Skeins on A Plane: The Ending…

Hi all! It’s been an age, I know, but I am very much alive and (finally) well, by which I really mean “alive and knitting away,” because: priorities.


Denver was a blast. It was cold, I found The Fancy Tiger (the best ever LYS) and my mojo. Yup, it had taken off to Denver and it was hiding away among the yarn and though the knitting helped, being able to get along in a brand new city despite my mobility issues really did the trick. I was feeling amazing when…

I caught whatever was going around in Denver. Fortunately, it was on the last day – well sort of, I mistook the warning signs for  travel exhaustion but nope, I was sick for real.  Not to be out done, whatever virus is going around Oakland hit me as soon as it saw a chance, so that was another week gone and here I am, still not done entirely done with this cowl.


In Denver, I got reacquainted with being a monogamous knitter. After all that deliberation, sadly left the second project bag on the couch as I juggled coat, bag and crutches. So it was all  Bev Cowl,  all the time, much to my unexpected delight. I’ve missed knitting this way. While working several projects at once makes me hyper aware of the function of the stitches and how the patter works, I’ve lost a bit of the magic of creating something new. It’s like having to read more than three stories at once – it’s entirely possible and in the in-between consciousness between the stories is a great place for creation and insight, but it isn’t as fun. And by fun I mean, sillyly spontaneous (yes, that is now a word), for instance,   this is the first time, I ended up playing yarn chicken. I was pretty sure I had enough yarn but I was seriously gambling with how much I took (enough) and how much of the yarn I had over all since this is a stash busting kind of project. The yarn is worsted but that’s about all that it has in common with the pattern’s instructions, so that was kind of a gamble too.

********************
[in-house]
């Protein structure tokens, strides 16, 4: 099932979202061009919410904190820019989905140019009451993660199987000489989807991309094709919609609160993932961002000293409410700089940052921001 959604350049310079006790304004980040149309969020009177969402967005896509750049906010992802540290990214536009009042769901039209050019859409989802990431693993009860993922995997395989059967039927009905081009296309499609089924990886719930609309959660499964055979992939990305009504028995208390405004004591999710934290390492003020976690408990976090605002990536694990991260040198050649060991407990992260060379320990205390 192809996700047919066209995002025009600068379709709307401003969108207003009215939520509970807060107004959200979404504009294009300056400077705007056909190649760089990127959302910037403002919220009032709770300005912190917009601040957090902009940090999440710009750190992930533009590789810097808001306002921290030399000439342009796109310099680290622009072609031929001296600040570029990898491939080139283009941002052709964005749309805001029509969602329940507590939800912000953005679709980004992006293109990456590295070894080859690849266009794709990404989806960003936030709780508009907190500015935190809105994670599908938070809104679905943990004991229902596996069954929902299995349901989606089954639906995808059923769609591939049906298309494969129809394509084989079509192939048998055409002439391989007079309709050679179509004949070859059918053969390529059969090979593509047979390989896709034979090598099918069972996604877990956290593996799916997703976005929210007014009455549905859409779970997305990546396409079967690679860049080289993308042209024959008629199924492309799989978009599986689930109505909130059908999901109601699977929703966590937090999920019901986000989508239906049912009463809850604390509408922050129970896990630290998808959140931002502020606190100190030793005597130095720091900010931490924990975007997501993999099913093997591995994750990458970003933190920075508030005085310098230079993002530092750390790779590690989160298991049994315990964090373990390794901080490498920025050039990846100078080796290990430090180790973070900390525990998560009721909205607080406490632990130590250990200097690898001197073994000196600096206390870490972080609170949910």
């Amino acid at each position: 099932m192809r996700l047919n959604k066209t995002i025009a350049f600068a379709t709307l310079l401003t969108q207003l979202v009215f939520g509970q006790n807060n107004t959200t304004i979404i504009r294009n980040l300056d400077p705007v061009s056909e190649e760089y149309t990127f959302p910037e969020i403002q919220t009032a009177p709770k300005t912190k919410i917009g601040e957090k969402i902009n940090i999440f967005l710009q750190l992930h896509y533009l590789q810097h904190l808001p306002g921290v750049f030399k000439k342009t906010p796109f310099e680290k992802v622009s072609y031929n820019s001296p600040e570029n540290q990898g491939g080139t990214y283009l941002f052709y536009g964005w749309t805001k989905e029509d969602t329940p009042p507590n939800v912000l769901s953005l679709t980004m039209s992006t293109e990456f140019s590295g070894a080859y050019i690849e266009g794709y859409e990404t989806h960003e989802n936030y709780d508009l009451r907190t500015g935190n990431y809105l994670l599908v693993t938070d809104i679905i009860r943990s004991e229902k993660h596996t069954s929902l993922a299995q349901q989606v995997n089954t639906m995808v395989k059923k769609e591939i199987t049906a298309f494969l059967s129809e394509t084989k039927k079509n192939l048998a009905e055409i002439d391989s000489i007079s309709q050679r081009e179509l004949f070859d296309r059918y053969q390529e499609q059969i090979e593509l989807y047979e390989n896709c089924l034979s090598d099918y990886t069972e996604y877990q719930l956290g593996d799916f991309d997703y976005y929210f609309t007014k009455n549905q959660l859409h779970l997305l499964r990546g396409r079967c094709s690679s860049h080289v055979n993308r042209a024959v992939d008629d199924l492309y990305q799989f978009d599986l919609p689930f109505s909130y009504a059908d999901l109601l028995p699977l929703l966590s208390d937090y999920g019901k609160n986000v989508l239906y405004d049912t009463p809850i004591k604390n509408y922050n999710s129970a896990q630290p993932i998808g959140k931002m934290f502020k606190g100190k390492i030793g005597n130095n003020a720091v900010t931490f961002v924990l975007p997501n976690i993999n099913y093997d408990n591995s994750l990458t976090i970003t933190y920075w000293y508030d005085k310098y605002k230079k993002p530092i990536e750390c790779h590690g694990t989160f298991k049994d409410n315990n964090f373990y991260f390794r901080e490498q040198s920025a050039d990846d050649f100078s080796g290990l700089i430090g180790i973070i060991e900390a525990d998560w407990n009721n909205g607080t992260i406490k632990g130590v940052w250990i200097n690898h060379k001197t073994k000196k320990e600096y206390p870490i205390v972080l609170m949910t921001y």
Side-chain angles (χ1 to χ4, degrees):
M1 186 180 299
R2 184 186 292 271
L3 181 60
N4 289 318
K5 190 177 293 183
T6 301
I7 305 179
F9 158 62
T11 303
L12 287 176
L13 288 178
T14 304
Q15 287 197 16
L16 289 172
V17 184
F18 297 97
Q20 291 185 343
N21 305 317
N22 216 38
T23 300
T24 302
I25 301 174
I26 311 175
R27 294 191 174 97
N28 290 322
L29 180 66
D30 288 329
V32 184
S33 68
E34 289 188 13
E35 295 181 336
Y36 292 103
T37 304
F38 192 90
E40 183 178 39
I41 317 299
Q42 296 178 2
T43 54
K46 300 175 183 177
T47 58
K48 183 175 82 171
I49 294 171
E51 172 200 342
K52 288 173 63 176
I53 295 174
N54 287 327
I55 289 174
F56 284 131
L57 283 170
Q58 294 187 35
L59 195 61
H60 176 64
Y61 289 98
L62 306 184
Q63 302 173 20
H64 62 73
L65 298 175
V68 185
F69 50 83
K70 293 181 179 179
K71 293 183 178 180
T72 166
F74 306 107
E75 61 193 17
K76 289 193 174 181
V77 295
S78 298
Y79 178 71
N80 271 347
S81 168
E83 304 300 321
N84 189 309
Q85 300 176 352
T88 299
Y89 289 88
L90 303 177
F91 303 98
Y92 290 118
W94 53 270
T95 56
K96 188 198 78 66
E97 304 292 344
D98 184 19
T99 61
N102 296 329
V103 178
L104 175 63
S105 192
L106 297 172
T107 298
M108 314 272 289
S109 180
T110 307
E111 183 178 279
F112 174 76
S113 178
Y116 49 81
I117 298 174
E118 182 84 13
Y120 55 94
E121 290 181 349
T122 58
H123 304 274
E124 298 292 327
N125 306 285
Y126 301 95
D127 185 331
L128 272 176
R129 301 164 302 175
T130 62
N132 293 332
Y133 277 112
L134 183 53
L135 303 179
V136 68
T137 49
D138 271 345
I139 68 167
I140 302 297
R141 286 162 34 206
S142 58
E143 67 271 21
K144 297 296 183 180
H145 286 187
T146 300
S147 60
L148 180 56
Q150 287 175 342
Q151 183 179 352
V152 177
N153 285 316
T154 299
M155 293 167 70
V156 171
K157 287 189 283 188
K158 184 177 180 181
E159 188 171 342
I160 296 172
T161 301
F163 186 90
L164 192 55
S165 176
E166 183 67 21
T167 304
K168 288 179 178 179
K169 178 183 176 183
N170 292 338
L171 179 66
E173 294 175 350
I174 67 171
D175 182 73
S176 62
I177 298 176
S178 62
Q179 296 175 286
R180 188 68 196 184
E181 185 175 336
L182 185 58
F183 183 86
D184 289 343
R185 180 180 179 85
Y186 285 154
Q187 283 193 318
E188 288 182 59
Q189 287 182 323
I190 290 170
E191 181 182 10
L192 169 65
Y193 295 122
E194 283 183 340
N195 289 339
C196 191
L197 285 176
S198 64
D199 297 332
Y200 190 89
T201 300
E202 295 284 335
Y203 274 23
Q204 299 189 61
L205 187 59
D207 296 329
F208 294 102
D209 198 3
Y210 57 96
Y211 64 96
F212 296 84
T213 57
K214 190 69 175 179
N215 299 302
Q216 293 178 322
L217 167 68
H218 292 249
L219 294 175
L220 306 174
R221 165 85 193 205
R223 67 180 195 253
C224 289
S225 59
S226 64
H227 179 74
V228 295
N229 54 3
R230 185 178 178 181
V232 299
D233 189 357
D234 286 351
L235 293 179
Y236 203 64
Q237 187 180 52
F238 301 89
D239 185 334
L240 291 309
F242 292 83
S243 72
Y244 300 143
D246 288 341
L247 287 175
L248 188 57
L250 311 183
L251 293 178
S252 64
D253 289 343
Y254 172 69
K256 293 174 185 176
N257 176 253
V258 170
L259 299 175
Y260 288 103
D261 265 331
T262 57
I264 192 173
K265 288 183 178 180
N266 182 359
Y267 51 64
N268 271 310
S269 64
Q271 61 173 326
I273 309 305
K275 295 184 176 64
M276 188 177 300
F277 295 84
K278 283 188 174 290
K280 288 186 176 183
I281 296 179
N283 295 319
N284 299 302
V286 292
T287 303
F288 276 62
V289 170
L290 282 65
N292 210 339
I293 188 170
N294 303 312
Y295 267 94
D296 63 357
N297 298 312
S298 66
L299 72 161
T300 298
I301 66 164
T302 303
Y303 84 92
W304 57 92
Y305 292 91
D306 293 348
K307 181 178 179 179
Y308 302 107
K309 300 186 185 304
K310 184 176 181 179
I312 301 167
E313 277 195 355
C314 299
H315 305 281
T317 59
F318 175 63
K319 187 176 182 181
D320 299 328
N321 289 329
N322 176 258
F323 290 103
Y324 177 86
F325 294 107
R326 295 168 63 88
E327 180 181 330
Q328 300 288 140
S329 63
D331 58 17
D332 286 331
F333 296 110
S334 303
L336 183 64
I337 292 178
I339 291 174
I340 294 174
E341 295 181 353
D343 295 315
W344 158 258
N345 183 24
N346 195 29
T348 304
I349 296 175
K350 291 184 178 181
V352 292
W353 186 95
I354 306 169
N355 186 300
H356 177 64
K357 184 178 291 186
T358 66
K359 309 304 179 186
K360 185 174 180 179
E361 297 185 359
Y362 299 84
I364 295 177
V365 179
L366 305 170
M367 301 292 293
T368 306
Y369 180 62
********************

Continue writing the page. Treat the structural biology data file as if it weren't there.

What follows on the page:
Above is the picture that inspired me to make this cowl.

Well, it made me want to rock a cowl like this and then the new birch DPNs were the perfect size, so I took that as a sign. I have to admit I was freaking out a bit when I got to the airport but customs didn’t even ask me to take them out of the project bag. I’m not sure if this is because I went through a separate security gate since I was in a wheelchair but everyone was pretty cool on the way over, which was awesome because I was seriously freaking out about flying injured and my knitting. People were super nice and combined with my knitting that calmed me down to enjoy the flight over.


Denver was all things fall. It was cool and crisp, rainy and I have never enjoyed knitting so much! We would go out around town and when the wifey needed to enjoy their bike share and other city planner type things, I got to hang out at a cafe and knit. I even got to knit a bit at Red Rock before it started to rain. It was lovely 😀


OMG Maggs, how are you still not finished with that cowl if that’s the only thing you took?


I can actually say that I am savoring this knit. Yeah, its challenging enough that I have to think about it and there have been mistakes but mostly I don’t want this project to end. It feels really that amazing. Which is a good thing since I am slightly tempted to start over. Why? Well, it isn’t as drappey as the picture above when I put it on and I’m thinking that I may have knit too tightly in addition to using a different kind of yarn… I don’t know.

Just finishing up the rib.

Part of me thinks that steam blocking might be the answer. I don’t actually want to start over, but I do want to be able to use it like it is in the picture and maybe blocking will loosen thing up? What do y’all think?


If I do have to start again, I think I’ll contemplate buttons and a bit less of the rib for the top.


17 thoughts on “Skeins on A Plane: The Ending…

  1. I can tell you that steam blocking my last acrylic project definitely helped with width and length. I really like the pattern and it looks like you are super close to finishing! I hope you are feeling better. I got sick the week before last and was praying I would be better by the time I got on a flight to come to Indiana for three weeks. Thank goodness I did! I can’t imagine flying sick. Congrats on getting your knitting mojo back 🙂

    Liked by 1 person

    1. Oh no! I’m sorry to hear you were sick as well, but soooo glad you were well enough to go enjoy some winter 🙂 I’ve never been that far east but if Denver was anything to go by, the hols must be lovely!
      I’m on the mend and back in the needles. While I am starting over (after taking the pictures above I realized I’m missing about eight rows and that this is part of why the fit is off >_<) you've convinced me to block once I'm done. I'm actually really excited about it 😀

      Liked by 1 person

      1. I was working on a cowl for my SIL and needed the needles for a cowl for my Aunt. I realized that I messed up about 7 rows (seed stitch) and am going to try to drop down the rows before frogging back to the last correct row. I feel your pain! I’m glad to hear that you are starting to feel better 🙂 It’s been cold here and goes between rainy and sunny. It’s supposed to snow tomorrow…woo hoo!